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Resident alien

Workers with resident alien status come with tax and compliance considerations that your business needs to be aware of.

  • Definition

  • Taxation

  • Compliance issues

What are resident aliens?

According to the Internal Revenue Service (IRS), an alien is someone who lives in the US but is not a US citizen. For income tax purposes, aliens can be classified as either resident aliens or nonresident aliens. Employees should know how they are classified, as this affects how their taxes are calculated. 

A non-resident alien is someone who does not have full citizenship and also does not pass either of two tests known as the Green Card test and substantial presence test. 

A resident alien, on the other hand, is an alien who meets one of the two aforementioned tests. A resident alien can be a permanent resident, a conditional resident with a two-year green card, or a returning permanent resident.

The Green Card test

A Green Card, also known as a Permanent Resident Card, is an authorization from the US government for immigrants to reside and work in the country. For tax purposes, individuals are considered resident aliens if they are lawful permanent residents. That distinction satisfies the Green Card test, which means permanent residents — as well as anyone possessing a Green Card for the current tax year or the previous tax year — are considered resident aliens

The substantial presence test

If an individual has had a substantial presence in the US during a given tax year, they may be considered a resident alien and may be liable for worldwide income taxes for that tax year. 

To satisfy the substantial presence test, and to be treated as a resident alien for a given tax year, an individual needs to have been physically present in the US for: 

  • 31 days during the calendar year, and

  • 183 days during the three-year period, including the current year as well as the two preceding years. 

For the substantial presence test, the following time does not count:

  • Days spent commuting from Canada or Mexico if the employee commutes at least 75% of the workdays during a working period in the current year.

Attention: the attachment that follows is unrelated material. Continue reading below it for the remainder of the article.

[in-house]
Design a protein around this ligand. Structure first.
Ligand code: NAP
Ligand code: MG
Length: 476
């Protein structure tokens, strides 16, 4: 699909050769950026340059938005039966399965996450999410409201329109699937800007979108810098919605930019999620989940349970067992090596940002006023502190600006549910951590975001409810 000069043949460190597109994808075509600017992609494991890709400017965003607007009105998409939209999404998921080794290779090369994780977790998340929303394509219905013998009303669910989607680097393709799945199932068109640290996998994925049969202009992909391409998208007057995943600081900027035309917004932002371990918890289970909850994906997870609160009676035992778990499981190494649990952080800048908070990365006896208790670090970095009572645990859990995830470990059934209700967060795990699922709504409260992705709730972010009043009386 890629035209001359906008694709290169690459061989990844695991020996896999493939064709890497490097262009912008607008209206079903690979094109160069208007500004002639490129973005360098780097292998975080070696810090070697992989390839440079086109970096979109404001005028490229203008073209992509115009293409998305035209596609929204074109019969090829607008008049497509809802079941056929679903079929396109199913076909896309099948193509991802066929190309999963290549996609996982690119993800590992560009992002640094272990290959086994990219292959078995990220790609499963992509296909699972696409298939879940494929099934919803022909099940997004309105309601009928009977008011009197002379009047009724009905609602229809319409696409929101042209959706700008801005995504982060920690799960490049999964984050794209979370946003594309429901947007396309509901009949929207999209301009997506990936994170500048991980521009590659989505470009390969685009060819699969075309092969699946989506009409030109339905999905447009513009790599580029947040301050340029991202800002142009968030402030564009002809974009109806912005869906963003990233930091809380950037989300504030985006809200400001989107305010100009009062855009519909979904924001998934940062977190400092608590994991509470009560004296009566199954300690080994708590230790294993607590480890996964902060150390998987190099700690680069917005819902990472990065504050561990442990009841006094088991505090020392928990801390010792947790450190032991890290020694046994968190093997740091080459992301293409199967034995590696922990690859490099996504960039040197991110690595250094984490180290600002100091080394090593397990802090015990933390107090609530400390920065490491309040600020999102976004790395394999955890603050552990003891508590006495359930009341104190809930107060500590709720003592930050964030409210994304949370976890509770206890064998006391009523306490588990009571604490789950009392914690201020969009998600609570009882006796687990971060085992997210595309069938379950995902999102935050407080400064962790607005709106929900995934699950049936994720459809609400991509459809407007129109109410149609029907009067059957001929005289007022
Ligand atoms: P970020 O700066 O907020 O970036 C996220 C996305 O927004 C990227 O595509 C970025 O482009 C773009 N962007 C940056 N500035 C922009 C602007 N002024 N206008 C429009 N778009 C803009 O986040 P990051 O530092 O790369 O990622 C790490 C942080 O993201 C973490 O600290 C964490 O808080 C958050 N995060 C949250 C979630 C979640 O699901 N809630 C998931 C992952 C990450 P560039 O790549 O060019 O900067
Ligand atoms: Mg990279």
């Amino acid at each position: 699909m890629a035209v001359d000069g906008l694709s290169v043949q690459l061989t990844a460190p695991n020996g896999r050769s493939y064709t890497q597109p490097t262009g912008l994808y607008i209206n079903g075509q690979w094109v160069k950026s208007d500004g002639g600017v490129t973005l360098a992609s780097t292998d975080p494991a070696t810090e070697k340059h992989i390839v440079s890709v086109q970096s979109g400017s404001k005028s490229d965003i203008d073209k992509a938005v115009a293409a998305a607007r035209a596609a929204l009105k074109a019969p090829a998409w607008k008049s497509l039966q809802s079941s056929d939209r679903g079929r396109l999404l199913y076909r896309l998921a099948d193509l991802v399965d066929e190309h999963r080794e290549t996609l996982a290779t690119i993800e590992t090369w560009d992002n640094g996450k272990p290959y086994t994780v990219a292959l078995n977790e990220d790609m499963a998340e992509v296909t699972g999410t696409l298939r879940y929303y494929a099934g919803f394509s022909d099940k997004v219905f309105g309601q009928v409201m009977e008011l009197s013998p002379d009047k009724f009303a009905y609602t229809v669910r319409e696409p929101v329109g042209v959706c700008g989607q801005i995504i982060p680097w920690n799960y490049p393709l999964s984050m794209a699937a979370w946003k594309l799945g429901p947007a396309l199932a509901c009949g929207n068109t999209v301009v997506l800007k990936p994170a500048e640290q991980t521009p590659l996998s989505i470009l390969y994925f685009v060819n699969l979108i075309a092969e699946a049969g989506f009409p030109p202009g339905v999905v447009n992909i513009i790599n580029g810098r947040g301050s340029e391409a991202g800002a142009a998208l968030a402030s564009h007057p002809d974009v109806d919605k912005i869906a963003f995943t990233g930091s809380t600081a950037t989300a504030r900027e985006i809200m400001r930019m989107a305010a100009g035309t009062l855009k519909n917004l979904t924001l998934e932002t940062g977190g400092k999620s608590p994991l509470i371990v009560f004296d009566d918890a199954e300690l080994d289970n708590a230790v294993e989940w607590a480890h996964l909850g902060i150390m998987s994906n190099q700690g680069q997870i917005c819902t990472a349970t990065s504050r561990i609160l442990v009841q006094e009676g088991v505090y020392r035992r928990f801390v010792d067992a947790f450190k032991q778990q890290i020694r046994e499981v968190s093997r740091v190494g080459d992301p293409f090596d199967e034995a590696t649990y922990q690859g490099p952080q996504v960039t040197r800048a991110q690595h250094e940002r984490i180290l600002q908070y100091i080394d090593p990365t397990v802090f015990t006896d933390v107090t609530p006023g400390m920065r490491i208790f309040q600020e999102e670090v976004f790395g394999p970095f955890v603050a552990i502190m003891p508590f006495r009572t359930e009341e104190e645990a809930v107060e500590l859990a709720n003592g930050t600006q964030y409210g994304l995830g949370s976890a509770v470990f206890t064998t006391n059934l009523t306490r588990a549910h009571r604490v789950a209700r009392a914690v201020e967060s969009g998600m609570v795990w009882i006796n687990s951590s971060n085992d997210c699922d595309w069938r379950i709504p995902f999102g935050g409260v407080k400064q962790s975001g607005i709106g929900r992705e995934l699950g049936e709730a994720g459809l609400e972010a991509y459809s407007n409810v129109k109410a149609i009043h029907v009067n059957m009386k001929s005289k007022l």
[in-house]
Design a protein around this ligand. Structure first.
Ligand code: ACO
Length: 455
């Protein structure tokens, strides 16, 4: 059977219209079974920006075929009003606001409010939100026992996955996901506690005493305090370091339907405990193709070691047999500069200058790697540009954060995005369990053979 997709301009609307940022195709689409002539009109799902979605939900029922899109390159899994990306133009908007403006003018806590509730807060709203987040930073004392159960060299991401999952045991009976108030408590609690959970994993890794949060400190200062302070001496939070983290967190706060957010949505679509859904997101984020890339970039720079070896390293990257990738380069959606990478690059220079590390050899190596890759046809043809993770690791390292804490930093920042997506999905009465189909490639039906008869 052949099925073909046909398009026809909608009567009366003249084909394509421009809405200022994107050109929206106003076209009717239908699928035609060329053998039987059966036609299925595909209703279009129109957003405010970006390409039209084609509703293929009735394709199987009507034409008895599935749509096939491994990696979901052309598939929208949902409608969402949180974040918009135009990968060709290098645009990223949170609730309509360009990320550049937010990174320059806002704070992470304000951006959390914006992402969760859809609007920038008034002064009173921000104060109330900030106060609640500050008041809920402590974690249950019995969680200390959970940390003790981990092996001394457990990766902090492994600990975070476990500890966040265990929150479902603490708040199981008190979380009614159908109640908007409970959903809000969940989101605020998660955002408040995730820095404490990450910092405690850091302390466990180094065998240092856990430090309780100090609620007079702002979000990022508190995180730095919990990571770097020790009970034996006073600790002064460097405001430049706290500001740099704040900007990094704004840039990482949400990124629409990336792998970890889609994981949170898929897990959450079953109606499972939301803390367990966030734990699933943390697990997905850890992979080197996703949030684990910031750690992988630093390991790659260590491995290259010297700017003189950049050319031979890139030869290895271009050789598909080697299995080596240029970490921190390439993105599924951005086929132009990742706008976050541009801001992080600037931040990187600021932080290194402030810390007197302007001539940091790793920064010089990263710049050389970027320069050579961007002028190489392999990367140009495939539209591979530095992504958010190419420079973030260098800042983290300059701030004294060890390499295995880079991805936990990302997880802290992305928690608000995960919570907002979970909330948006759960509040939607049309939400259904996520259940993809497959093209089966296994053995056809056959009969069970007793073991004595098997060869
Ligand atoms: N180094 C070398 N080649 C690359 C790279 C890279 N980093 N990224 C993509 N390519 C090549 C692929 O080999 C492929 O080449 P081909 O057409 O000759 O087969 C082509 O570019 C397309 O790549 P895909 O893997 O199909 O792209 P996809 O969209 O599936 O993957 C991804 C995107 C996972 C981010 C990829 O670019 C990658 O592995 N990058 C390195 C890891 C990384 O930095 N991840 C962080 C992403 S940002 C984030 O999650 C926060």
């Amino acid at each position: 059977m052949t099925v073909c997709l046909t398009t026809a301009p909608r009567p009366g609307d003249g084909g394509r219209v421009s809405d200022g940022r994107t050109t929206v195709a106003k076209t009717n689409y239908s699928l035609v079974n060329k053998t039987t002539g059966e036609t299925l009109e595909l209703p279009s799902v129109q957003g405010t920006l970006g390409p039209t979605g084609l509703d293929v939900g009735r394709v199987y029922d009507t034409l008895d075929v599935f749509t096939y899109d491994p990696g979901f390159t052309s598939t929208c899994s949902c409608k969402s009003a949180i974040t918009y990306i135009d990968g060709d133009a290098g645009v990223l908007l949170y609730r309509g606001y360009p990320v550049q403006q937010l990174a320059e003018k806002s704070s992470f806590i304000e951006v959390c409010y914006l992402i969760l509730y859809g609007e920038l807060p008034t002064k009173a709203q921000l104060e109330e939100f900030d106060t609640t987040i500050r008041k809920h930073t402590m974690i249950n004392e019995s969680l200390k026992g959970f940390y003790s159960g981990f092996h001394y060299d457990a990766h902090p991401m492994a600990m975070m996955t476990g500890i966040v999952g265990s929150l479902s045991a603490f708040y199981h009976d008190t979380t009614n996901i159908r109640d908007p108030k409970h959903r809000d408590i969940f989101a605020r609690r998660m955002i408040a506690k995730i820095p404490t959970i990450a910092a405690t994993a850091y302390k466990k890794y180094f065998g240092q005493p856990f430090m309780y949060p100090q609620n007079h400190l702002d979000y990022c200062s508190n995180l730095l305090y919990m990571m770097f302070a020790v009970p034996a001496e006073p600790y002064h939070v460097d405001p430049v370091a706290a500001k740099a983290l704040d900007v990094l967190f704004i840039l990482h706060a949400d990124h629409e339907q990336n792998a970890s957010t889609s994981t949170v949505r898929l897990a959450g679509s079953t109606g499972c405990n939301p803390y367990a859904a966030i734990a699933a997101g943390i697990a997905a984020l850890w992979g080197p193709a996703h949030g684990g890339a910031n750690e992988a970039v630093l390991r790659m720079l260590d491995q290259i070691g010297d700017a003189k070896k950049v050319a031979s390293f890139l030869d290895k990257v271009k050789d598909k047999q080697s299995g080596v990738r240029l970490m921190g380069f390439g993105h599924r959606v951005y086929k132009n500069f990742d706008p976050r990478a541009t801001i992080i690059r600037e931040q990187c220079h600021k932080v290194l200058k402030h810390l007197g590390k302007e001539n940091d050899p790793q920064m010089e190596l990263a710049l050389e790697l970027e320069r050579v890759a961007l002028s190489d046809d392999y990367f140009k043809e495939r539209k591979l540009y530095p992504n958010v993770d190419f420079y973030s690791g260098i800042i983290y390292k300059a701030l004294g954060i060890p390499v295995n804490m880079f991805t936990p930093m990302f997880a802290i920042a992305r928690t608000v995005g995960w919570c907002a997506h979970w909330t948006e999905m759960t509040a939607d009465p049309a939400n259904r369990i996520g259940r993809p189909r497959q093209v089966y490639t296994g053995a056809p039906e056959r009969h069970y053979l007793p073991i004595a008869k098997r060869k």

• Transit periods through the US of less than 24 hours.

  • Time spent in the US as a crew member of a foreign vessel.

  • Days spent where an employee was stuck in the country due to a medical issue.

  • Days while exempt. Exempt individuals are government individuals under an A or G visa, teachers under a J or Q visa, students temporarily present under F, J, M, or Q visas, and athletes competing in charity events. 

The substantial presence test does not include US airspace, US possessions, or US territories. The substantial presence test does include all 50 states, the District of Columbia, US waters and seabed, and areas adjacent to US territorial waters that the US has rights to explore for natural resources under international law.

How are resident aliens taxed?

The main difference between resident aliens and non-resident aliens is how they are taxed. Non-resident aliens are not taxed by the IRS for their worldwide income. They are citizens of other countries, so they pay taxes in their home country. They do, however, owe taxes to the IRS on income derived in the US. Non-resident aliens report their taxes on Form 1040-NR.

Resident aliens are taxed in the same way as US citizens. They owe taxes on all income derived from the US, as well as their worldwide income. Resident aliens report their income on Form 1040. Tax returns are required to be filed by April 15 each year for the previous tax year.

Compliance issues for resident aliens

Neither resident or non-resident aliens are authorized to work for a US company until their employers has submitted Form I-9. This form verifies the employee’s identity and authorization to work in the US. 

Employers also need to be aware of international labor laws and comply with them at all times. This ensures that your employees, including resident aliens, are all treated fairly and their taxes filed properly. Many organizations partner with an employer of record (EOR) to ensure they comply with local and foreign laws.

Next steps
When hiring a resident alien:

Verify the individual's work authorization status, ensuring compliance with immigration laws and regulations.

Ensure you understand the tax implications for resident aliens, including tax withholding requirements, eligibility for tax credits, and any tax treaties that may apply.

Ensure the individual provides proper documentation, such as a valid Green Card or other proof of lawful permanent resident status.

Treat resident alien candidates equally in the hiring process, providing the same opportunities and benefits as US citizens.

Aim to foster a diverse and inclusive workplace, recognizing and respecting the cultural background of resident aliens. This can include offering support to help resident aliens integrate smoothly into the work environment.

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